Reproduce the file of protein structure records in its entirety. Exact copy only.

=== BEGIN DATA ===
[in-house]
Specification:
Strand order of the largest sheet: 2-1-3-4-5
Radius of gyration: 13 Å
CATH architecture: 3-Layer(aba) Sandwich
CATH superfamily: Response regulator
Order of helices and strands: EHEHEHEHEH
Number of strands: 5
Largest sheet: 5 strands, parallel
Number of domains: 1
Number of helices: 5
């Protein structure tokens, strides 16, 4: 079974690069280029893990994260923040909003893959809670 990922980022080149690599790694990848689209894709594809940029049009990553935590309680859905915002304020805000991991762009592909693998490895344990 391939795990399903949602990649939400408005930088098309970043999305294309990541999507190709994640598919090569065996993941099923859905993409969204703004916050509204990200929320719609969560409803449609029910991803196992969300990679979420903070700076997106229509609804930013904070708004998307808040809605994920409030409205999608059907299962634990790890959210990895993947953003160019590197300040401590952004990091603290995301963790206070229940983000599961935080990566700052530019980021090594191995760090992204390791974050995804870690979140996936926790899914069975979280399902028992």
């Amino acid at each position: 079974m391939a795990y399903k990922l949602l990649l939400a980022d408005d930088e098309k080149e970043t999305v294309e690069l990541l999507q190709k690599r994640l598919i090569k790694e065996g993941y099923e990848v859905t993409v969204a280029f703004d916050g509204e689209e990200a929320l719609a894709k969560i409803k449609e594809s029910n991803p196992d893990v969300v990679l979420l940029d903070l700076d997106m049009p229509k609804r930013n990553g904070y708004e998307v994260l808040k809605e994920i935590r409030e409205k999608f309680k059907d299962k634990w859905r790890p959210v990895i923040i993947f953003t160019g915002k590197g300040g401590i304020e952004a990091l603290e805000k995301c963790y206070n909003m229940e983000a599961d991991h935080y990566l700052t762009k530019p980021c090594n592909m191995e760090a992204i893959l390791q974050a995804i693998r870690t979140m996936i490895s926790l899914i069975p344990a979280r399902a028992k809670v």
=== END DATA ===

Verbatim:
[in-house]
Specification:
Strand order of the largest sheet: 2-1-3-4-5
Radius of gyration: 13 Å
CATH architecture: 3-Layer(aba) Sandwich
CATH superfamily: Response regulator
Order of helices and strands: EHEHEHEHEH
Number of strands: 5
Largest sheet: 5 strands, parallel
Number of domains: 1
Number of helices: 5
């Protein structure tokens, strides 16, 4: 079974690069280029893990994260923040909003893959809670 990922980022080149690599790694990848689209894709594809940029049009990553935590309680859905915002304020805000991991762009592909693998490895344990 391939795990399903949602990649939400408005930088098309970043999305294309990541999507190709994640598919090569065996993941099923859905993409969204703004916050509204990200929320719609969560409803449609029910991803196992969300990679979420903070700076997106229509609804930013904070708004998307808040809605994920409030409205999608059907299962634990790890959210990895993947953003160019590197300040401590952004990091603290995301963790206070229940983000599961935080990566700052530019980021090594191995760090992204390791974050995804870690979140996936926790899914069975979280399902028992």
């Amino acid at each position: 079974m391939a795990y399903k990922l949602l990649l939400a980022d408005d930088e098309k080149e970043t999305v294309e690069l990541l999507q190709k690599r994640l598919i090569k790694e065996g993941y099923e990848v859905t993409v969204a280029f703004d916050g509204e689209e990200a929320l719609a894709k969560i409803k449609e594809s029910n991803p196992d893990v969300v990679l979420l940029d903070l700076d997106m049009p229509k609804r930013n990553g904070y708004e998307v994260l808040k809605e994920i935590r409030e409205k999608f309680k059907d299962k634990w859905r790890p959210v990895i923040i993947f953003t160019g915002k590197g300040g401590i304020e952004a990091l603290e805000k995301c963790y206070n909003m229940e983000a599961d991991h935080y990566l700052t762009k530019p980021c090594n592909m191995e760090a992204i893959l390791q974050a995804i693998r870690t979140m996936i490895s926790l899914i069975p344990a979280r399902a028992k809670v």